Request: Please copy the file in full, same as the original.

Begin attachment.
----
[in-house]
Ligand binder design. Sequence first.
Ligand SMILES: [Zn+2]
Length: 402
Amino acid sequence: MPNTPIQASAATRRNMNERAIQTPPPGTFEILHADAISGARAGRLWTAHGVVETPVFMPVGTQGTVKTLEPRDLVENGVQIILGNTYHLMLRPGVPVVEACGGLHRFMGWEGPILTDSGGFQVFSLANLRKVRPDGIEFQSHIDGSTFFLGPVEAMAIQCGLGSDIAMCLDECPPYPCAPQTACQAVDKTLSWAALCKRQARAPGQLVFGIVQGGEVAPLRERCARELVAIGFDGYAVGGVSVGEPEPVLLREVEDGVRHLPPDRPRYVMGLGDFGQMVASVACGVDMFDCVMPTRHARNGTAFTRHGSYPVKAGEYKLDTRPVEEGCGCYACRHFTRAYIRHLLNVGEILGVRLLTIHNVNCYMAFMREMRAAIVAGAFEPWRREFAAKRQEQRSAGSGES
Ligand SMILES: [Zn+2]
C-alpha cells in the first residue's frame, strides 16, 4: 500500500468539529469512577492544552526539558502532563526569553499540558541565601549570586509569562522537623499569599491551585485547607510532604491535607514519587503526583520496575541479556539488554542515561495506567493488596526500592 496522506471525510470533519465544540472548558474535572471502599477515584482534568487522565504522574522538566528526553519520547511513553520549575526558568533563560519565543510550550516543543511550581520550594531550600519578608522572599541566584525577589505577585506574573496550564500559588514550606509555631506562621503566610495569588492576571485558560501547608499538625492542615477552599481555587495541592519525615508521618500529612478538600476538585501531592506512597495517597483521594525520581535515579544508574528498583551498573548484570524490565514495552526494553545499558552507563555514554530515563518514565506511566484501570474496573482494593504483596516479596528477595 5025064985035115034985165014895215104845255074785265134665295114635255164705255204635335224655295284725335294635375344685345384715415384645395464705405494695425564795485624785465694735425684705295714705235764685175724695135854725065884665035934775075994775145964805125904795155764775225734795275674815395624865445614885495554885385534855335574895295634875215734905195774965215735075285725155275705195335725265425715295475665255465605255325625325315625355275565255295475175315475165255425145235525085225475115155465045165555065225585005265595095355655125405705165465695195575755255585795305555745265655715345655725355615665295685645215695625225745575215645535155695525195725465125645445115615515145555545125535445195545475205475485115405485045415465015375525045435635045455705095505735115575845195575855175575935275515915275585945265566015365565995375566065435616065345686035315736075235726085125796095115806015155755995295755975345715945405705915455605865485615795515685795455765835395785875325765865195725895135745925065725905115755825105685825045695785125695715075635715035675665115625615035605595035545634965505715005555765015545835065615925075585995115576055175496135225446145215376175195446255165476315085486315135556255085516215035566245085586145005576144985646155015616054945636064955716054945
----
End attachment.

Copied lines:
[in-house]
Ligand binder design. Sequence first.
Ligand SMILES: [Zn+2]
Length: 402
Amino acid sequence: MPNTPIQASAATRRNMNERAIQTPPPGTFEILHADAISGARAGRLWTAHGVVETPVFMPVGTQGTVKTLEPRDLVENGVQIILGNTYHLMLRPGVPVVEACGGLHRFMGWEGPILTDSGGFQVFSLANLRKVRPDGIEFQSHIDGSTFFLGPVEAMAIQCGLGSDIAMCLDECPPYPCAPQTACQAVDKTLSWAALCKRQARAPGQLVFGIVQGGEVAPLRERCARELVAIGFDGYAVGGVSVGEPEPVLLREVEDGVRHLPPDRPRYVMGLGDFGQMVASVACGVDMFDCVMPTRHARNGTAFTRHGSYPVKAGEYKLDTRPVEEGCGCYACRHFTRAYIRHLLNVGEILGVRLLTIHNVNCYMAFMREMRAAIVAGAFEPWRREFAAKRQEQRSAGSGES
Ligand SMILES: [Zn+2]
C-alpha cells in the first residue's frame, strides 16, 4: 500500500468539529469512577492544552526539558502532563526569553499540558541565601549570586509569562522537623499569599491551585485547607510532604491535607514519587503526583520496575541479556539488554542515561495506567493488596526500592 496522506471525510470533519465544540472548558474535572471502599477515584482534568487522565504522574522538566528526553519520547511513553520549575526558568533563560519565543510550550516543543511550581520550594531550600519578608522572599541566584525577589505577585506574573496550564500559588514550606509555631506562621503566610495569588492576571485558560501547608499538625492542615477552599481555587495541592519525615508521618500529612478538600476538585501531592506512597495517597483521594525520581535515579544508574528498583551498573548484570524490565514495552526494553545499558552507563555514554530515563518514565506511566484501570474496573482494593504483596516479596528477595 5025064985035115034985165014895215104845255074785265134665295114635255164705255204635335224655295284725335294635375344685345384715415384645395464705405494695425564795485624785465694735425684705295714705235764685175724695135854725065884665035934775075994775145964805125904795155764775225734795275674815395624865445614885495554885385534855335574895295634875215734905195774965215735075285725155275705195335725265425715295475665255465605255325625325315625355275565255295475175315475165255425145235525085225475115155465045165555065225585005265595095355655125405705165465695195575755255585795305555745265655715345655725355615665295685645215695625225745575215645535155695525195725465125645445115615515145555545125535445195545475205475485115405485045415465015375525045435635045455705095505735115575845195575855175575935275515915275585945265566015365565995375566065435616065345686035315736075235726085125796095115806015155755995295755975345715945405705915455605865485615795515685795455765835395785875325765865195725895135745925065725905115755825105685825045695785125695715075635715035675665115625615035605595035545634965505715005555765015545835065615925075585995115576055175496135225446145215376175195446255165476315085486315135556255085516215035566245085586145005576144985646155015616054945636064955716054945